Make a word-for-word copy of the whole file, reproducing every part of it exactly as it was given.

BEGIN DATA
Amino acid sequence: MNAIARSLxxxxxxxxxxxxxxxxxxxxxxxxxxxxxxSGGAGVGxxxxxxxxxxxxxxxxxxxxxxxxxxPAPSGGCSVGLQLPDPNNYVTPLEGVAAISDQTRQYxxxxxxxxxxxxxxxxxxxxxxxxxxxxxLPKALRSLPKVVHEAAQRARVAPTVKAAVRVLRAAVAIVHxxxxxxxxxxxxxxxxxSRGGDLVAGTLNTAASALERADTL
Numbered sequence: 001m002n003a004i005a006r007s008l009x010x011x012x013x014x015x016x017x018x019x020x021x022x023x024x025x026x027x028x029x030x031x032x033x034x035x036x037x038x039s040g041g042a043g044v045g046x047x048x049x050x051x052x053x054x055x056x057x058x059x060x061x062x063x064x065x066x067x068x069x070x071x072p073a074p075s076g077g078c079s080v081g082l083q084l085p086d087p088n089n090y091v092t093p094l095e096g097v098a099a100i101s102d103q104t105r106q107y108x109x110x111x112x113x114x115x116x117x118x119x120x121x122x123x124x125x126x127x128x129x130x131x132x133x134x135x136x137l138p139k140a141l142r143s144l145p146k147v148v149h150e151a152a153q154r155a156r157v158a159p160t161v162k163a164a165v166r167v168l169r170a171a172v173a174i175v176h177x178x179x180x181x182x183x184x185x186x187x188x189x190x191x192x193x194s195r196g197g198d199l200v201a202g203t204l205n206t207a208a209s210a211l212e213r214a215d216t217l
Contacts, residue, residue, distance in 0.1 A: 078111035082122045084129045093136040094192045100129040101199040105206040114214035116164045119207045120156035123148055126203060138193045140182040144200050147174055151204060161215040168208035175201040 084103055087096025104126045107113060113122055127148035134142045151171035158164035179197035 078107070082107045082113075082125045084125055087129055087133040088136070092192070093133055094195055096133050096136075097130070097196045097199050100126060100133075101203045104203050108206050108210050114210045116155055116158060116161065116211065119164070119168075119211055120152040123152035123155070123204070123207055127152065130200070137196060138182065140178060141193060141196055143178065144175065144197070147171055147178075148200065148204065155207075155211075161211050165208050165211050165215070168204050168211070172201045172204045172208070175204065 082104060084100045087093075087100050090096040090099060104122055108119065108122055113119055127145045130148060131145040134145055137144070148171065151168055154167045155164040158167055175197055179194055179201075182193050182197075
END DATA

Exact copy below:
Amino acid sequence: MNAIARSLxxxxxxxxxxxxxxxxxxxxxxxxxxxxxxSGGAGVGxxxxxxxxxxxxxxxxxxxxxxxxxxPAPSGGCSVGLQLPDPNNYVTPLEGVAAISDQTRQYxxxxxxxxxxxxxxxxxxxxxxxxxxxxxLPKALRSLPKVVHEAAQRARVAPTVKAAVRVLRAAVAIVHxxxxxxxxxxxxxxxxxSRGGDLVAGTLNTAASALERADTL
Numbered sequence: 001m002n003a004i005a006r007s008l009x010x011x012x013x014x015x016x017x018x019x020x021x022x023x024x025x026x027x028x029x030x031x032x033x034x035x036x037x038x039s040g041g042a043g044v045g046x047x048x049x050x051x052x053x054x055x056x057x058x059x060x061x062x063x064x065x066x067x068x069x070x071x072p073a074p075s076g077g078c079s080v081g082l083q084l085p086d087p088n089n090y091v092t093p094l095e096g097v098a099a100i101s102d103q104t105r106q107y108x109x110x111x112x113x114x115x116x117x118x119x120x121x122x123x124x125x126x127x128x129x130x131x132x133x134x135x136x137l138p139k140a141l142r143s144l145p146k147v148v149h150e151a152a153q154r155a156r157v158a159p160t161v162k163a164a165v166r167v168l169r170a171a172v173a174i175v176h177x178x179x180x181x182x183x184x185x186x187x188x189x190x191x192x193x194s195r196g197g198d199l200v201a202g203t204l205n206t207a208a209s210a211l212e213r214a215d216t217l
Contacts, residue, residue, distance in 0.1 A: 078111035082122045084129045093136040094192045100129040101199040105206040114214035116164045119207045120156035123148055126203060138193045140182040144200050147174055151204060161215040168208035175201040 084103055087096025104126045107113060113122055127148035134142045151171035158164035179197035 078107070082107045082113075082125045084125055087129055087133040088136070092192070093133055094195055096133050096136075097130070097196045097199050100126060100133075101203045104203050108206050108210050114210045116155055116158060116161065116211065119164070119168075119211055120152040123152035123155070123204070123207055127152065130200070137196060138182065140178060141193060141196055143178065144175065144197070147171055147178075148200065148204065155207075155211075161211050165208050165211050165215070168204050168211070172201045172204045172208070175204065 082104060084100045087093075087100050090096040090099060104122055108119065108122055113119055127145045130148060131145040134145055137144070148171065151168055154167045155164040158167055175197055179194055179201075182193050182197075